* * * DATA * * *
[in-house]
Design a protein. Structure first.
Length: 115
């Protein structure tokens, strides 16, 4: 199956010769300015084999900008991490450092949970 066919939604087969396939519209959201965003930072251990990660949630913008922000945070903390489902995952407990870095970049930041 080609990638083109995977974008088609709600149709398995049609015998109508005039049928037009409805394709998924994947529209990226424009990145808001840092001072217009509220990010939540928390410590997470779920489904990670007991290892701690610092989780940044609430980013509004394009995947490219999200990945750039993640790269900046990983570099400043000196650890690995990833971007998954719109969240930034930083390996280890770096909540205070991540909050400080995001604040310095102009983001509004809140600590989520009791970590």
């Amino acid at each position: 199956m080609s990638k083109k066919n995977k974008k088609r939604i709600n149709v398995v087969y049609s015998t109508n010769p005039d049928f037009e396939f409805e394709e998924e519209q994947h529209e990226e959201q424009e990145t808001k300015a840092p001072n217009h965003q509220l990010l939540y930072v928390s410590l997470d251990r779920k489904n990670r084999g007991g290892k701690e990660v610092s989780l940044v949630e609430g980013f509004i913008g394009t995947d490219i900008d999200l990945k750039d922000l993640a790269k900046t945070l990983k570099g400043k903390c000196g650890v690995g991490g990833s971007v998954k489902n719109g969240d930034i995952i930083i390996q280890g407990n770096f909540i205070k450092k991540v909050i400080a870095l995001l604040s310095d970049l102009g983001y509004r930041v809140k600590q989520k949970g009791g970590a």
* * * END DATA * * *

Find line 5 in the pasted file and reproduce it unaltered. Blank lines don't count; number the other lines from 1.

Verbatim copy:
């Amino acid at each position: 199956m080609s990638k083109k066919n995977k974008k088609r939604i709600n149709v398995v087969y049609s015998t109508n010769p005039d049928f037009e396939f409805e394709e998924e519209q994947h529209e990226e959201q424009e990145t808001k300015a840092p001072n217009h965003q509220l990010l939540y930072v928390s410590l997470d251990r779920k489904n990670r084999g007991g290892k701690e990660v610092s989780l940044v949630e609430g980013f509004i913008g394009t995947d490219i900008d999200l990945k750039d922000l993640a790269k900046t945070l990983k570099g400043k903390c000196g650890v690995g991490g990833s971007v998954k489902n719109g969240d930034i995952i930083i390996q280890g407990n770096f909540i205070k450092k991540v909050i400080a870095l995001l604040s310095d970049l102009g983001y509004r930041v809140k600590q989520k949970g009791g970590a």